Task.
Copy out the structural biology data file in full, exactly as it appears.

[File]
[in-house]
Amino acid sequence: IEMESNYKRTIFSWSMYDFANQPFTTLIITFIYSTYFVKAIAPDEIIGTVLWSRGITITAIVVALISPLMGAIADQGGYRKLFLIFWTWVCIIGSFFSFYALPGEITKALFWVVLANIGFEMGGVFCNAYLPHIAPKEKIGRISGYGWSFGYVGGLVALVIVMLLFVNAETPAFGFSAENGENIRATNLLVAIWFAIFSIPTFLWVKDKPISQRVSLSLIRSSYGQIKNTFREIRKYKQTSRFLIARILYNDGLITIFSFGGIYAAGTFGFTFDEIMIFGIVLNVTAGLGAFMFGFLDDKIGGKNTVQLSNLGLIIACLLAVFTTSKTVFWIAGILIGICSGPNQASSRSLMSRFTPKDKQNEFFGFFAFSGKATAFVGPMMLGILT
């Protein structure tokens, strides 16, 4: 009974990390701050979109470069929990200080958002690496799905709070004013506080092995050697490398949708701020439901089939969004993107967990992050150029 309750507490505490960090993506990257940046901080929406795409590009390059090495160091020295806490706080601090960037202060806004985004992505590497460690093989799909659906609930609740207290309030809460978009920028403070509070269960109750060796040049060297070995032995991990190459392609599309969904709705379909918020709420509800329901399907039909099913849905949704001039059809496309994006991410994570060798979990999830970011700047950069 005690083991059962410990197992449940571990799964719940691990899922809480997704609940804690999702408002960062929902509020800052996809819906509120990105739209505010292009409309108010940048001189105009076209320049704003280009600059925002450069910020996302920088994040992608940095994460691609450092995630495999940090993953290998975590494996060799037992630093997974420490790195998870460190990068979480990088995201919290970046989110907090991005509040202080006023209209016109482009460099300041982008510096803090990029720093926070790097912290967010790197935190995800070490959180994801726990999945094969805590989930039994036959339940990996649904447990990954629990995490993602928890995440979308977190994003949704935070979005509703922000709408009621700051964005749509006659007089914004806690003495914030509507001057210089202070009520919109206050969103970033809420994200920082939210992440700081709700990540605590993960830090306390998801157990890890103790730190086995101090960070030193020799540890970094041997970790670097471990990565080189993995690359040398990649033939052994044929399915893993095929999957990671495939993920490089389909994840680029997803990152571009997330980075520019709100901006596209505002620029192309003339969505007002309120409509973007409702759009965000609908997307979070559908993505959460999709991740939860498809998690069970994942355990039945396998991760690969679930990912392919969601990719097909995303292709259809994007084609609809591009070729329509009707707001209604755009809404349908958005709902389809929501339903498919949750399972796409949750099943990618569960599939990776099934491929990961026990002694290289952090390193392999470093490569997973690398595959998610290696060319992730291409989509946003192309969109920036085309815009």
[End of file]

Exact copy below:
[in-house]
Amino acid sequence: IEMESNYKRTIFSWSMYDFANQPFTTLIITFIYSTYFVKAIAPDEIIGTVLWSRGITITAIVVALISPLMGAIADQGGYRKLFLIFWTWVCIIGSFFSFYALPGEITKALFWVVLANIGFEMGGVFCNAYLPHIAPKEKIGRISGYGWSFGYVGGLVALVIVMLLFVNAETPAFGFSAENGENIRATNLLVAIWFAIFSIPTFLWVKDKPISQRVSLSLIRSSYGQIKNTFREIRKYKQTSRFLIARILYNDGLITIFSFGGIYAAGTFGFTFDEIMIFGIVLNVTAGLGAFMFGFLDDKIGGKNTVQLSNLGLIIACLLAVFTTSKTVFWIAGILIGICSGPNQASSRSLMSRFTPKDKQNEFFGFFAFSGKATAFVGPMMLGILT
């Protein structure tokens, strides 16, 4: 009974990390701050979109470069929990200080958002690496799905709070004013506080092995050697490398949708701020439901089939969004993107967990992050150029 309750507490505490960090993506990257940046901080929406795409590009390059090495160091020295806490706080601090960037202060806004985004992505590497460690093989799909659906609930609740207290309030809460978009920028403070509070269960109750060796040049060297070995032995991990190459392609599309969904709705379909918020709420509800329901399907039909099913849905949704001039059809496309994006991410994570060798979990999830970011700047950069 005690083991059962410990197992449940571990799964719940691990899922809480997704609940804690999702408002960062929902509020800052996809819906509120990105739209505010292009409309108010940048001189105009076209320049704003280009600059925002450069910020996302920088994040992608940095994460691609450092995630495999940090993953290998975590494996060799037992630093997974420490790195998870460190990068979480990088995201919290970046989110907090991005509040202080006023209209016109482009460099300041982008510096803090990029720093926070790097912290967010790197935190995800070490959180994801726990999945094969805590989930039994036959339940990996649904447990990954629990995490993602928890995440979308977190994003949704935070979005509703922000709408009621700051964005749509006659007089914004806690003495914030509507001057210089202070009520919109206050969103970033809420994200920082939210992440700081709700990540605590993960830090306390998801157990890890103790730190086995101090960070030193020799540890970094041997970790670097471990990565080189993995690359040398990649033939052994044929399915893993095929999957990671495939993920490089389909994840680029997803990152571009997330980075520019709100901006596209505002620029192309003339969505007002309120409509973007409702759009965000609908997307979070559908993505959460999709991740939860498809998690069970994942355990039945396998991760690969679930990912392919969601990719097909995303292709259809994007084609609809591009070729329509009707707001209604755009809404349908958005709902389809929501339903498919949750399972796409949750099943990618569960599939990776099934491929990961026990002694290289952090390193392999470093490569997973690398595959998610290696060319992730291409989509946003192309969109920036085309815009």